Thought fox hunting was banned in Scotland? Think again. There are still ten hunts in Scotland, killing over 800 foxes a year. OneKind is campaigning for a full ban on fox hunting in Scotland.
In 2002 we played a key role in persuading the Scottish Parliament to introduce a law which would ban fox hunting with hounds for sport. The Protection of Wild Mammals (Scotland) Act 2002 also paved the way to the 2004 Hunting Act, which banned hunting with dogs in England and Wales.
These were landmark animal welfare successes in the UK and indicated a more positive relationship with wild animals.
Fox hunting still takes place in Scotland
Unfortunately, while the Act has had some success in controlling hare coursing, fox hunting continues much as it did before the 2002 ban.
Before the ban in 2002 there were ten operational mounted fox hunts in Scotland. There are still ten today. According to the hunts themselves, they kill about 800 foxes every year.
Why does fox hunting continue in Scotland?
Fox hunting continues because exemption clauses in the legislation act as loopholes that allow hunts to continue under the guise of pest control.
The law bans intentional hunting, but it does permit the use of packs of dogs to ‘flush’ – chase out of cover – foxes as long as the intention is to shoot the fox once it emerges.
‘Accidental’ killing of the fox by hounds is also permitted.
The Buccleuch Hunt has commented that “all Scottish packs use the exemption allowing foxes to be flushed to guns”. You can see what this means in practice in the footage obtained during an investigation by the League Against Cruel Sports here. In this footage guns are a rare sight.
Low conviction rate
Prosecuting those that fox hunt can be very difficult because of the legislation, and even Police Scotland themselves have admitted that the fox hunting legislation is ‘unworkable’.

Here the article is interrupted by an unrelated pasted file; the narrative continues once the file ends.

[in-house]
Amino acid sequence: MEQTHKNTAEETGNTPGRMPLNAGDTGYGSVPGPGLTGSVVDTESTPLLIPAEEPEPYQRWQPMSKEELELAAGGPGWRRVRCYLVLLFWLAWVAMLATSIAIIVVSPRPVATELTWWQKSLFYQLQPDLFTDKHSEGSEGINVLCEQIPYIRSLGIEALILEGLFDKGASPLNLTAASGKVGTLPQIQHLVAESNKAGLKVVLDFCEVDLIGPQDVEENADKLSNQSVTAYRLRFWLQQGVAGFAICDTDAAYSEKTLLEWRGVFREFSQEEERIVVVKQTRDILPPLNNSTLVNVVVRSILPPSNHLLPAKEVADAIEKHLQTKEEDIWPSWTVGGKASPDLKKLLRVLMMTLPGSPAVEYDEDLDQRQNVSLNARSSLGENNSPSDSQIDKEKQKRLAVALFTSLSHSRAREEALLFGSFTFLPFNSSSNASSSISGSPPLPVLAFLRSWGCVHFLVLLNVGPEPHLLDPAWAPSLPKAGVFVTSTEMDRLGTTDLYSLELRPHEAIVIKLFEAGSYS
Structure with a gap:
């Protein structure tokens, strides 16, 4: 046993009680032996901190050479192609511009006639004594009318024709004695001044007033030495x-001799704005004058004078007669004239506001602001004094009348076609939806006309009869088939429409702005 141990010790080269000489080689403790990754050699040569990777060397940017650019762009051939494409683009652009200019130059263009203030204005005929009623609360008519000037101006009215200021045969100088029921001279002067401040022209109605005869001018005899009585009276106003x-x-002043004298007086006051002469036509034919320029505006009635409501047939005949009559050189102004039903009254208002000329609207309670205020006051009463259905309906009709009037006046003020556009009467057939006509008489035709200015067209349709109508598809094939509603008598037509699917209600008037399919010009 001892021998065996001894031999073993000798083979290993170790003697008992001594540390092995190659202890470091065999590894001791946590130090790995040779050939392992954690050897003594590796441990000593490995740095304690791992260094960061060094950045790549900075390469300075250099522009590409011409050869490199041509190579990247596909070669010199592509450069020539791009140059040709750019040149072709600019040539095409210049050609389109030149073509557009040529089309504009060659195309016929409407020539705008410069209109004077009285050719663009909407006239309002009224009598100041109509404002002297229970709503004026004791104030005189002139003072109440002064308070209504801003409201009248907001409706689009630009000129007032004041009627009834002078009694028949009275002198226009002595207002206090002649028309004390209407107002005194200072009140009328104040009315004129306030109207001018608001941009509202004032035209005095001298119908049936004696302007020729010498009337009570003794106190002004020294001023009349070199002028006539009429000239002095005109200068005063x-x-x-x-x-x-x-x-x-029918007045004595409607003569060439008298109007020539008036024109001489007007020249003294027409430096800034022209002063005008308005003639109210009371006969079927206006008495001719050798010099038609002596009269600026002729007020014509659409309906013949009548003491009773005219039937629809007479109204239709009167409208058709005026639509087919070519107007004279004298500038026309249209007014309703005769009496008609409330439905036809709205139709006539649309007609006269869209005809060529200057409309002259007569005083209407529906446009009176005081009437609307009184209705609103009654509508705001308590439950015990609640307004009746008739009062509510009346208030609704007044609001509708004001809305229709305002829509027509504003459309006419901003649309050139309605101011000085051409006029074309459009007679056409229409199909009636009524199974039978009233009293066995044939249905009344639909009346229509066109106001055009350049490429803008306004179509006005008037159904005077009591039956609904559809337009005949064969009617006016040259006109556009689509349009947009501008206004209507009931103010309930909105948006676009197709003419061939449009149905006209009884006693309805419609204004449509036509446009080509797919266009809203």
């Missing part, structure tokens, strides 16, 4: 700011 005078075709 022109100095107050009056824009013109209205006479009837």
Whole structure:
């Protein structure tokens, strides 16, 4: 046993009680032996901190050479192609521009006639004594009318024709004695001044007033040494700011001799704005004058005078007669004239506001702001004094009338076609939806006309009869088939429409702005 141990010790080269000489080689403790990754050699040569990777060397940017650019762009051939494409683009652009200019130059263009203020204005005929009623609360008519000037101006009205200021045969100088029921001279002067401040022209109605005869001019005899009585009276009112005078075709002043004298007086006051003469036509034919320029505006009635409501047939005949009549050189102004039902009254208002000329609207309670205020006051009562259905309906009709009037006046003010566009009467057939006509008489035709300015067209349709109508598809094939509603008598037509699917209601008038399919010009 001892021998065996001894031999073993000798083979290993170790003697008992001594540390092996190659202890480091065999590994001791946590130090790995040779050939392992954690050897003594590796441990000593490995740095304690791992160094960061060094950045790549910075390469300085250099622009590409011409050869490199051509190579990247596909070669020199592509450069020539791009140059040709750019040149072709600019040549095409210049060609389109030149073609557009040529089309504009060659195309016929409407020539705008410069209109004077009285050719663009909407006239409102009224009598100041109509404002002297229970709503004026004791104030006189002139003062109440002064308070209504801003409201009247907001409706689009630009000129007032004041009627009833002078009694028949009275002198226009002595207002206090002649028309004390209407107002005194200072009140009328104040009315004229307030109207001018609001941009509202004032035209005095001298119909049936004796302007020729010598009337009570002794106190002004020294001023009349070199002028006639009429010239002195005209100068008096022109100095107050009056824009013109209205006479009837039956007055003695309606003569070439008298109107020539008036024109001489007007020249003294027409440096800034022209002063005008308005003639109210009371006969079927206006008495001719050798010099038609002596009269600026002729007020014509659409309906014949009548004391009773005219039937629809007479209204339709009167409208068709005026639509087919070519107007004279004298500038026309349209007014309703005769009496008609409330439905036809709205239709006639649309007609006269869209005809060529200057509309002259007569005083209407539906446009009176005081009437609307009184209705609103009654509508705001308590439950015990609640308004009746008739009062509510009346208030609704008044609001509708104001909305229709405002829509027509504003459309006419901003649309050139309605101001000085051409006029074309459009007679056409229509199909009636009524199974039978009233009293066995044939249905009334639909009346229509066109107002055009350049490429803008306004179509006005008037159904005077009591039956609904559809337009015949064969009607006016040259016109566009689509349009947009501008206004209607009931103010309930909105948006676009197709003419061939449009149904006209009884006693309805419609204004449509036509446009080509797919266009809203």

There has only been one successful conviction of a mounted hunt in Scotland.
What is the Scottish Government doing?
“I have always been an opponent of fox hunting and remain an opponent of fox hunting… Be under no doubt at all this government opposes fox hunting and that’s the position we have long taken and the position we continue to take.” First Minister Nicola Sturgeon, 2017
The Scottish Government has consulted on proposed changes to Protection of Wild Mammals Scotland) Act 2002 (the foxhunting ‘ban’) and we expect their official response this year. Alongside our supporters, we urged the government not to license any packs of dogs.
What is OneKind doing?
OneKind has been campaigning for a fox hunting ban for decades. Our recent highlights include:
- Following campaigning by OneKind, the Scottish Government announced a consultation on the future of fox hunting in Scotland. We encouraged our supporters to respond and 98% of the 18,787 respondents supported a real and effective fox hunting ban.
- We held a fox hunting rally in the lead up the 2017 General Election following comments from the Prime Minister that she would give Parliament a free vote on fox hunting.
- Thousands of our supporters contacted their MSPs and/or the Cabinet Secretary asking for clarification on the Scottish Government’s plans on fox hunting in 2018.
- In March 2018, we held a second fox hunting march and rally with the League Against Cruel Sports and IFAW. Around 1000 people marched with us and we were supported by Ricky Gervais, Bill Oddie, Chris Packham and Peter Egan.
- In September 2019, we supported the Protection of Wild Mammals (Scotland) Bill and encouraged our supporters to respond to the consultation.
- In March 2020, we revealed that Forestry Land Scotland was granting permission to fox hunting foot packs to hunt on public land and secured media coverage.
- In 2021, we revealed that Forestry Land Scotland continued to allow fox hunting foot packs access Scotland’s public land and that they were unable to stop wildlife crime from taking place on the land since 2016.
- We aided our supporters in responding to the Scottish Government’s consultation on proposed changes to Protection of Wild Mammals Scotland) Act 2002 (the foxhunting ‘ban’).